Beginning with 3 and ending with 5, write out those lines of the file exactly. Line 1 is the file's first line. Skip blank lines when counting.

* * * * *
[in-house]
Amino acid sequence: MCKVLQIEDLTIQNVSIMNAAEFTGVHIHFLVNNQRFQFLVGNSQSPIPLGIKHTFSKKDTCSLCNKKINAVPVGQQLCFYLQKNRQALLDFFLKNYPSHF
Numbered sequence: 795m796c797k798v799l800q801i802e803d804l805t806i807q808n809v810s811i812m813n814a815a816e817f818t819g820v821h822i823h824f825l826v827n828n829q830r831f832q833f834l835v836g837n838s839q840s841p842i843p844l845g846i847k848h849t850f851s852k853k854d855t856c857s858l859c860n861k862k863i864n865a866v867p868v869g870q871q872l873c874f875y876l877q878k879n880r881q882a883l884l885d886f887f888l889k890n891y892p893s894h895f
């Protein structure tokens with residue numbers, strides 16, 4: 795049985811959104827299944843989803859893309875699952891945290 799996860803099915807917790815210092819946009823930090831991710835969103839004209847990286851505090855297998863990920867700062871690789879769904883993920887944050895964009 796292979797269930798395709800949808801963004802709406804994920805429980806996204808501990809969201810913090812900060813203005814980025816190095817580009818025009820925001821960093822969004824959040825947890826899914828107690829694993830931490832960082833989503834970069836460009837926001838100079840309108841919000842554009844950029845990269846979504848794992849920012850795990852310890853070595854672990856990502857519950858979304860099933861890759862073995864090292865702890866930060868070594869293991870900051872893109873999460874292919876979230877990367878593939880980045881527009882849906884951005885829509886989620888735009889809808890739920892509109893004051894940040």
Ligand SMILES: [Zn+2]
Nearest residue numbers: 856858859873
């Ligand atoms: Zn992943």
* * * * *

Numbered sequence: 795m796c797k798v799l800q801i802e803d804l805t806i807q808n809v810s811i812m813n814a815a816e817f818t819g820v821h822i823h824f825l826v827n828n829q830r831f832q833f834l835v836g837n838s839q840s841p842i843p844l845g846i847k848h849t850f851s852k853k854d855t856c857s858l859c860n861k862k863i864n865a866v867p868v869g870q871q872l873c874f875y876l877q878k879n880r881q882a883l884l885d886f887f888l889k890n891y892p893s894h895f
């Protein structure tokens with residue numbers, strides 16, 4: 795049985811959104827299944843989803859893309875699952891945290 799996860803099915807917790815210092819946009823930090831991710835969103839004209847990286851505090855297998863990920867700062871690789879769904883993920887944050895964009 796292979797269930798395709800949808801963004802709406804994920805429980806996204808501990809969201810913090812900060813203005814980025816190095817580009818025009820925001821960093822969004824959040825947890826899914828107690829694993830931490832960082833989503834970069836460009837926001838100079840309108841919000842554009844950029845990269846979504848794992849920012850795990852310890853070595854672990856990502857519950858979304860099933861890759862073995864090292865702890866930060868070594869293991870900051872893109873999460874292919876979230877990367878593939880980045881527009882849906884951005885829509886989620888735009889809808890739920892509109893004051894940040």
Ligand SMILES: [Zn+2]